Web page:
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Assessment and Commencement
May 13, 2014 - 3:56pm

The US Global Change Research Program released its 2014 National Climate Assessment last week.  It's 827 pages long (I think), but the good news is that pretty much nobody has to read the whole thing.  You can download and peruse treatment of just the economic sectors, just the geographic regions, or just the response strategies in which you happen to be interested.  The text strikes me as being written at a ninth-grade reading level.  There are lots of pictures, charts, maps, diagrams.  All in all, it's not a challenging read once you get past the maximum potential "thud factor".

And yet, I wonder what percentage of Greenback's (or any other university's) current graduating class is equipped to understand what the assessment is telling them.  Not just what each word or sentence means, but what the big picture is, what the major parts are, how (even at a conceptual level) they fit together.  The story the assessment tells is one that, unless they were already attuned to it before they arrived on campus, probably doesn't make sense to most of those folks wearing caps and gowns on Saturday.

Let me try to illustrate my concerns by looking at what's arguably the smallest slice of the assessment that might be relevant to a Greenback grad.  Of those 827 pages, we'll look at only the overview (pp. 7-17) and the section addressing the northeast USA where Greenback U happens to be located (pp 372-384).  I've left out the notes and references and other stuff no student is likely to read.  We're left, then, with 24 pages of relatively accessible text -- pretty much the smallest, simplest, most direct yet comprehensive presentation of the local climate situation.

So what does the assessment say, and why might our grads not be equipped to understand it?

A few salient points from the overview:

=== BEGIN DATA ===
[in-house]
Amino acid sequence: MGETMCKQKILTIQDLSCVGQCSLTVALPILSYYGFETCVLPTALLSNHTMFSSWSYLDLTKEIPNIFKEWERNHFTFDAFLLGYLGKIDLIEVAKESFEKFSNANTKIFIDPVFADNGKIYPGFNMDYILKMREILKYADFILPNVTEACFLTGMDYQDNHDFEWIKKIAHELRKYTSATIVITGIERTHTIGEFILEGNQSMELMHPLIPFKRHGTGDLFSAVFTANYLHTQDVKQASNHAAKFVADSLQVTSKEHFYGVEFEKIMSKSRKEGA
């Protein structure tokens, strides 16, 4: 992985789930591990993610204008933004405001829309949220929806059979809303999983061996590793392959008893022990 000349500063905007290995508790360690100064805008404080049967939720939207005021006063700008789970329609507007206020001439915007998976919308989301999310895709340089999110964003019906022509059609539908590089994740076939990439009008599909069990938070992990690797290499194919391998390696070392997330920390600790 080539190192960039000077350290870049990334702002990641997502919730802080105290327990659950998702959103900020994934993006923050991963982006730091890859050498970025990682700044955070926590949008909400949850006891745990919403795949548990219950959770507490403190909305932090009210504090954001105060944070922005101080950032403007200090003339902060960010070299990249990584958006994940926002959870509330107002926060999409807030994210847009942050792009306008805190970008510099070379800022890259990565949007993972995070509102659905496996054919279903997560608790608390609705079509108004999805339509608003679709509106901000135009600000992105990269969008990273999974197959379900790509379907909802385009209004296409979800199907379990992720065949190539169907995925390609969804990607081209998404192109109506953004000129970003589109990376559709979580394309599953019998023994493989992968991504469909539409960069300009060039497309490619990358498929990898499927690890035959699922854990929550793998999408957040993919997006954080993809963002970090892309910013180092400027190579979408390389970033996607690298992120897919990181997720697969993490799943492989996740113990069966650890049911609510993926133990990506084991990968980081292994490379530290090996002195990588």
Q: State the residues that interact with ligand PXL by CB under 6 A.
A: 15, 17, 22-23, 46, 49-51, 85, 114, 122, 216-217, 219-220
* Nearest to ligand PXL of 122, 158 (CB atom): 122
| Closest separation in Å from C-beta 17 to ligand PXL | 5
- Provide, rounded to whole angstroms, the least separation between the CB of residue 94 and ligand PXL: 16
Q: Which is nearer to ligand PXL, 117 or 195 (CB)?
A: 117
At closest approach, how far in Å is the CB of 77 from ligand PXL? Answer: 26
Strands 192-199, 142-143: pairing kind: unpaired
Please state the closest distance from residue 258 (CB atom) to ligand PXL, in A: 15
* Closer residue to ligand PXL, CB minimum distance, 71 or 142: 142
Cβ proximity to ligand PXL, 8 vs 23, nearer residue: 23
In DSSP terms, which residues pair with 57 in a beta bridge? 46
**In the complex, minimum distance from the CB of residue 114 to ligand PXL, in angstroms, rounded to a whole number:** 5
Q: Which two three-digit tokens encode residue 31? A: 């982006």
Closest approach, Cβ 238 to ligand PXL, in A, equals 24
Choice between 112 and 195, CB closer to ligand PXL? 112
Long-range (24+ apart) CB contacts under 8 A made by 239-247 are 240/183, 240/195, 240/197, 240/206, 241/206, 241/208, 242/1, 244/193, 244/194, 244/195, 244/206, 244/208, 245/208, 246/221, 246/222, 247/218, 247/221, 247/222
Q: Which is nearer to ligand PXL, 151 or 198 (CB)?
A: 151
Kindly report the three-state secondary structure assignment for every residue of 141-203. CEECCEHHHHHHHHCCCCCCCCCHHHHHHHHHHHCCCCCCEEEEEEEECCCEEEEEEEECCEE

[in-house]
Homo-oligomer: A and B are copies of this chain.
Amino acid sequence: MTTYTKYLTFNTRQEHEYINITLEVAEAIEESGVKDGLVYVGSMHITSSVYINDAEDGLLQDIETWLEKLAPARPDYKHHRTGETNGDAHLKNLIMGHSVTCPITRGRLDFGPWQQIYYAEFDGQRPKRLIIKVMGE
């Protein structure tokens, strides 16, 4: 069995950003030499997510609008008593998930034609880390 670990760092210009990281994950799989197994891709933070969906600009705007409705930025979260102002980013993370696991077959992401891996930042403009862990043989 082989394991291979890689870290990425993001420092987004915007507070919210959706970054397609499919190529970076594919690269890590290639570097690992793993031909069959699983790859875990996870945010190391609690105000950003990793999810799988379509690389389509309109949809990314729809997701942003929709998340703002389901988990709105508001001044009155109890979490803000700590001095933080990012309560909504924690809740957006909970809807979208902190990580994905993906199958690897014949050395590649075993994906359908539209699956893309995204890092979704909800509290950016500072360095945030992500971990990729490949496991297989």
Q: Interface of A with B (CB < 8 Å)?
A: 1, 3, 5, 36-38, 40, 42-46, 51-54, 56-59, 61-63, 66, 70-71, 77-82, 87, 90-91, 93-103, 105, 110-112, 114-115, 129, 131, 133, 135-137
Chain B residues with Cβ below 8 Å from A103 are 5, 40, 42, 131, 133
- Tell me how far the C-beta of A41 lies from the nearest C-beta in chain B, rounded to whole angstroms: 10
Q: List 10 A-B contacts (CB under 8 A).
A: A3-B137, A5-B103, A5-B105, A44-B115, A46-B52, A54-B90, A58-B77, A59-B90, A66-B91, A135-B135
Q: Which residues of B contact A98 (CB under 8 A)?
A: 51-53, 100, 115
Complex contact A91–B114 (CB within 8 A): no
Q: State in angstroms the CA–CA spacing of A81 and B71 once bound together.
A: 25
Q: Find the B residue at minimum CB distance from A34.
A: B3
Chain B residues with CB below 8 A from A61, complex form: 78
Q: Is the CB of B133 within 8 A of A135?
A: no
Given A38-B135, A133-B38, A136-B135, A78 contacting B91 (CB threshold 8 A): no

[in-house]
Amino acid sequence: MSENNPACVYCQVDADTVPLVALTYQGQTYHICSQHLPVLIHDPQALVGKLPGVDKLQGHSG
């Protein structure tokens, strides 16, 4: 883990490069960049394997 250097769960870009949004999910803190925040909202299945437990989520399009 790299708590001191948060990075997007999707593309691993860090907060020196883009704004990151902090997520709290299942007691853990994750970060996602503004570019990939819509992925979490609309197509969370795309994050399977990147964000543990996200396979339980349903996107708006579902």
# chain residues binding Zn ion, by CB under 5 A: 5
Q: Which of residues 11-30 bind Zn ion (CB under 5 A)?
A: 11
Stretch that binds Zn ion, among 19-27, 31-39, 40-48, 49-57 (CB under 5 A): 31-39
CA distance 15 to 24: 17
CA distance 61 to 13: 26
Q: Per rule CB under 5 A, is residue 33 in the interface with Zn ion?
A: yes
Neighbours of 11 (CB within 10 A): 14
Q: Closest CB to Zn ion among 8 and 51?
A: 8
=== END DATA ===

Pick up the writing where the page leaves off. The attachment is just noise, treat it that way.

• Climatic changes have affected and will continue to affect human health, water supply, agriculture, transportation, energy, coastal areas, and many other sectors of society, with increasingly adverse impacts on the American economy and quality of life.
  • Carbon dioxide interacts with ocean water to form carbonic acid, increasing the ocean's acidity. . . Ocean acidification makes water more corrosive, reducing the capacity of marine organisms . . . to survive, grow and reproduce, which in turn will affect the marine food chain.
  • Longer growing seasons, along with higher temperatures and carbon dioxide levels, can increase pollen production, intensifying and lengthening the allergy season.
  • Extreme weather events that produce sudden increases in water flow, often carrying debris and pollutants, can decrease the natural capacity of ecosystems to cleanse contaminants.
  • Water quality is also diminishing in many areas, particularly due to sediment and contaminant concentrations after heavy downpours.  Sea level rise, storms and storm surges, and changes in surface and groundwater use patterns are expected to compromise the sustainability of coastal freshwater aquifers and wetlands. . . . Rising sea surface temperatures have been linked with increasing levels and ranges of diseases.
  • The climate change impacts being felt in . . . the United States are affected by global trends and economic decisions.  In an increasingly interconnected world, U.S. vulnerability is linked to impacts in other nations.

And, from the section addressing the northeastern USA specifically:

  • Northeastern cities, with their abundance of concrete and asphalt and relative lack of vegetation, tend to have higher temperatures than surrounding regions. . . increas[ing] heat-related death among those less able to recover from the heat of the day. . . . The combination of heat stress and poor air quality can pose a major health risk to vulnerable groups: young children, the elderly, and those with pre-existing health conditions. . . key infrastructure, including electricity for potentially life-saving air conditioning, is more likely to fail precisely when it is most needed.
  • Socioeconomic factors that tend to increase vulnerability to such hazards include race and ethnicity, . . . age, . . . gender, . . . socioeconomic status, . . . and education . . . The condition of human settlements . . . and the built environment . . . influence potential economic losses, injuries, and mortality.  Increased health-related impacts and costs due to even modest increases in heat are predicted in the Northeast's urban centers.